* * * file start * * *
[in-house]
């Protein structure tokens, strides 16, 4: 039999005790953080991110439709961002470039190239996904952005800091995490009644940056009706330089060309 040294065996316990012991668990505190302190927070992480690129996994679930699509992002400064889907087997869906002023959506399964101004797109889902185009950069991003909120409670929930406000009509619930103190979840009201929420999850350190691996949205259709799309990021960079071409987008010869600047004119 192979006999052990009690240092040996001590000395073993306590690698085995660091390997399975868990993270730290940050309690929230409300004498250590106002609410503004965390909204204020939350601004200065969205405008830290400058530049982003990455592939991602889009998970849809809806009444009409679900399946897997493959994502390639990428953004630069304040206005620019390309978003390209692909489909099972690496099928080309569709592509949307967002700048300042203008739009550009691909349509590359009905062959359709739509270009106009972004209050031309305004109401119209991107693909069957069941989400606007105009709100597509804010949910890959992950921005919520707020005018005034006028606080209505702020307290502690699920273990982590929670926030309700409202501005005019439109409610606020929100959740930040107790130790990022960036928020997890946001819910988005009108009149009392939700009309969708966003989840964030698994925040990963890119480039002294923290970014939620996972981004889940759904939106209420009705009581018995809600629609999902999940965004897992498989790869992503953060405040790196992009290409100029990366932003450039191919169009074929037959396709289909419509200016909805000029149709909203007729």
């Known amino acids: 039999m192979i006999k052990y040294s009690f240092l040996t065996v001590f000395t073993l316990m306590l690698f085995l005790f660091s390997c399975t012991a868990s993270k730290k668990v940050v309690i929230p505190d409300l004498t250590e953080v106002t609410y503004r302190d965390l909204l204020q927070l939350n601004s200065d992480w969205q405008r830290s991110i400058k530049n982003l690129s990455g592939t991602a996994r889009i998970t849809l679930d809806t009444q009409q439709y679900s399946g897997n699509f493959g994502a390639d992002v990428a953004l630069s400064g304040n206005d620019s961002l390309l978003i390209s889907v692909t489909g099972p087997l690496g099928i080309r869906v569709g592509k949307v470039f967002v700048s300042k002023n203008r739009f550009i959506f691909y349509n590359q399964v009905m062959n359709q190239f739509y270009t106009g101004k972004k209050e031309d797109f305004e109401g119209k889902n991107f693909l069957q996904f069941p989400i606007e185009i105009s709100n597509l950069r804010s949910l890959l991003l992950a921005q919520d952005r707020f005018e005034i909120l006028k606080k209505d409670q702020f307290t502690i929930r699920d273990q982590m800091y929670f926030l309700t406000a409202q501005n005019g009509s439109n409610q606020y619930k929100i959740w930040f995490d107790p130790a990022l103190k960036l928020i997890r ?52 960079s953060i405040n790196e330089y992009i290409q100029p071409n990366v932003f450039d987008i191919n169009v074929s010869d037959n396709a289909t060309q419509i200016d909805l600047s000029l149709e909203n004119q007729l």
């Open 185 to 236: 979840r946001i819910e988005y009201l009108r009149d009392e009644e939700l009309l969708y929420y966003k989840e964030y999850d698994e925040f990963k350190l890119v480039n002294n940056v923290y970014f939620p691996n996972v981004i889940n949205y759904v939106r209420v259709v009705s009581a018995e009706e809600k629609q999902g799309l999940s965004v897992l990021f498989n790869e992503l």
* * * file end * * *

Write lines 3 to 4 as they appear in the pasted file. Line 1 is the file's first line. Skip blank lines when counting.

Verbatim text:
């Known amino acids: 039999m192979i006999k052990y040294s009690f240092l040996t065996v001590f000395t073993l316990m306590l690698f085995l005790f660091s390997c399975t012991a868990s993270k730290k668990v940050v309690i929230p505190d409300l004498t250590e953080v106002t609410y503004r302190d965390l909204l204020q927070l939350n601004s200065d992480w969205q405008r830290s991110i400058k530049n982003l690129s990455g592939t991602a996994r889009i998970t849809l679930d809806t009444q009409q439709y679900s399946g897997n699509f493959g994502a390639d992002v990428a953004l630069s400064g304040n206005d620019s961002l390309l978003i390209s889907v692909t489909g099972p087997l690496g099928i080309r869906v569709g592509k949307v470039f967002v700048s300042k002023n203008r739009f550009i959506f691909y349509n590359q399964v009905m062959n359709q190239f739509y270009t106009g101004k972004k209050e031309d797109f305004e109401g119209k889902n991107f693909l069957q996904f069941p989400i606007e185009i105009s709100n597509l950069r804010s949910l890959l991003l992950a921005q919520d952005r707020f005018e005034i909120l006028k606080k209505d409670q702020f307290t502690i929930r699920d273990q982590m800091y929670f926030l309700t406000a409202q501005n005019g009509s439109n409610q606020y619930k929100i959740w930040f995490d107790p130790a990022l103190k960036l928020i997890r ?52 960079s953060i405040n790196e330089y992009i290409q100029p071409n990366v932003f450039d987008i191919n169009v074929s010869d037959n396709a289909t060309q419509i200016d909805l600047s000029l149709e909203n004119q007729l």
């Open 185 to 236: 979840r946001i819910e988005y009201l009108r009149d009392e009644e939700l009309l969708y929420y966003k989840e964030y999850d698994e925040f990963k350190l890119v480039n002294n940056v923290y970014f939620p691996n996972v981004i889940n949205y759904v939106r209420v259709v009705s009581a018995e009706e809600k629609q999902g799309l999940s965004v897992l990021f498989n790869e992503l």